On paper, everyone wins: Mainland beachgoers will have economical transportation to the beach. Westfield Southgate Mall and its stores will win because Krbec and Green have devised some cross-promotions to steer beachgoers into the mall stores. The county government wins because all those cars that would have sought parking at Siesta Beach will no longer need that space. And, we hope, Krbec and Green will win because they’ll make a profit for their efforts.
That’s capitalism at its best — performing a service to benefit others at a fair price for all.
Let’s hope Krbec and Green succeed.
+ Regulating food trucks
While David Krbec and Patrick Green hope to fill consumers’ wants and needs with a bus, there are other Sarasota County entrepreneurs hoping the strong arm of government regulation will back off and let them thrive.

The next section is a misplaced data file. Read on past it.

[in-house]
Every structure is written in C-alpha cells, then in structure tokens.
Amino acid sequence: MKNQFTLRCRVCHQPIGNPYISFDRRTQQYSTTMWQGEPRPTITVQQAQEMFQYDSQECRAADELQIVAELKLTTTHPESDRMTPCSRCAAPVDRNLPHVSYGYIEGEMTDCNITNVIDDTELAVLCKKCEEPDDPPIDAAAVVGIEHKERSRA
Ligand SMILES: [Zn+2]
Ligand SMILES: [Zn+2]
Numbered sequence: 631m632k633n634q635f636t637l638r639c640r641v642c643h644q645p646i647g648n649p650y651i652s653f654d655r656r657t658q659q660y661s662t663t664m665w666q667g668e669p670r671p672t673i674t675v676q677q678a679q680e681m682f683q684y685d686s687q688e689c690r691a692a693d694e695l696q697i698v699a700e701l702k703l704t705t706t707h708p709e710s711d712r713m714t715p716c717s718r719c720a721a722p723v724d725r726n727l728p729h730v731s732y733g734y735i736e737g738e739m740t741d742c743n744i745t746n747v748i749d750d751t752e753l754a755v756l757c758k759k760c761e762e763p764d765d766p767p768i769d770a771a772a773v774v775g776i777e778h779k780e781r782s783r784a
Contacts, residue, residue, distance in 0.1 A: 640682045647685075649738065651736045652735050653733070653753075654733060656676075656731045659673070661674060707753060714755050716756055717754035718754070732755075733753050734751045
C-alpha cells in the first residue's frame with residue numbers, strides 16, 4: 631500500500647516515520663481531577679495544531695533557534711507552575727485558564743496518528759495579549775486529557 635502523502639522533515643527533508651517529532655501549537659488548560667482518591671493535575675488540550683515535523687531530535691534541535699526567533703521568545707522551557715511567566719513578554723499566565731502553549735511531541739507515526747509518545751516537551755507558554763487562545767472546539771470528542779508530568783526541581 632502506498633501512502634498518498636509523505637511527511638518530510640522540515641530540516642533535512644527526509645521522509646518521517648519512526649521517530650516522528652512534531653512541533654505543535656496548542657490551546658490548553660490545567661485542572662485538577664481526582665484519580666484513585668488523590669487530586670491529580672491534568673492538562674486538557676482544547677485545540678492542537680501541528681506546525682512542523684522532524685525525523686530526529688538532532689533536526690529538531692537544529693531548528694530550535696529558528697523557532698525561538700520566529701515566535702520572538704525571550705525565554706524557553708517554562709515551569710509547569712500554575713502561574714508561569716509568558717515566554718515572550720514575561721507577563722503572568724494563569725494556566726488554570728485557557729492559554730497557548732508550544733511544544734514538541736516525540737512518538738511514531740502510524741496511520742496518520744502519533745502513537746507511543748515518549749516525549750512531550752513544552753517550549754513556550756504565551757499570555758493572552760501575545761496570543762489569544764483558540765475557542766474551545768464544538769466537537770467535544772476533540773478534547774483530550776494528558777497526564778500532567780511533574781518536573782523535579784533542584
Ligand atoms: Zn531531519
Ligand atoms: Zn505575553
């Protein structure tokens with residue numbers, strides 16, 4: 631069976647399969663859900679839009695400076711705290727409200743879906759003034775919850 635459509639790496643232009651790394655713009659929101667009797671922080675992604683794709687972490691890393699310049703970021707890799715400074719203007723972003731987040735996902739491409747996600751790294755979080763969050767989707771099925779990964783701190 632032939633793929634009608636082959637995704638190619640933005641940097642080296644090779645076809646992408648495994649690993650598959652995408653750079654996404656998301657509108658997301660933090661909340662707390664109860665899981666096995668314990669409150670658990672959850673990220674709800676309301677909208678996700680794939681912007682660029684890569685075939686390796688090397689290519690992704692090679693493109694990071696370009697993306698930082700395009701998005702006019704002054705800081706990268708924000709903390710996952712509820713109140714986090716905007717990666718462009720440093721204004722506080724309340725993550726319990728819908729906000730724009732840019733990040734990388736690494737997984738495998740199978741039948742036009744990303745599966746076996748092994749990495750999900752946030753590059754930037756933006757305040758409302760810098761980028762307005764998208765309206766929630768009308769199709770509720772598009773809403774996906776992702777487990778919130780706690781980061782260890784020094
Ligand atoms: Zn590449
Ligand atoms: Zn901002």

These are the mobile food trucks, a trend that is sweeping the country.
It’s an interesting regulatory and competitive dilemma, and the Sarasota County Commission is wrestling with how best to address it.
Here’s the situation: Creative and most likely thinly capitalized mobile food vendors — you can’t really call them “restaurateurs” — have found healthy market demand from consumers. We see these types of vendors — with their trucks outfitted with kitchens — all the time at such events as county fairs, sports games, concerts and auto races. They’re filling a consumer want and need.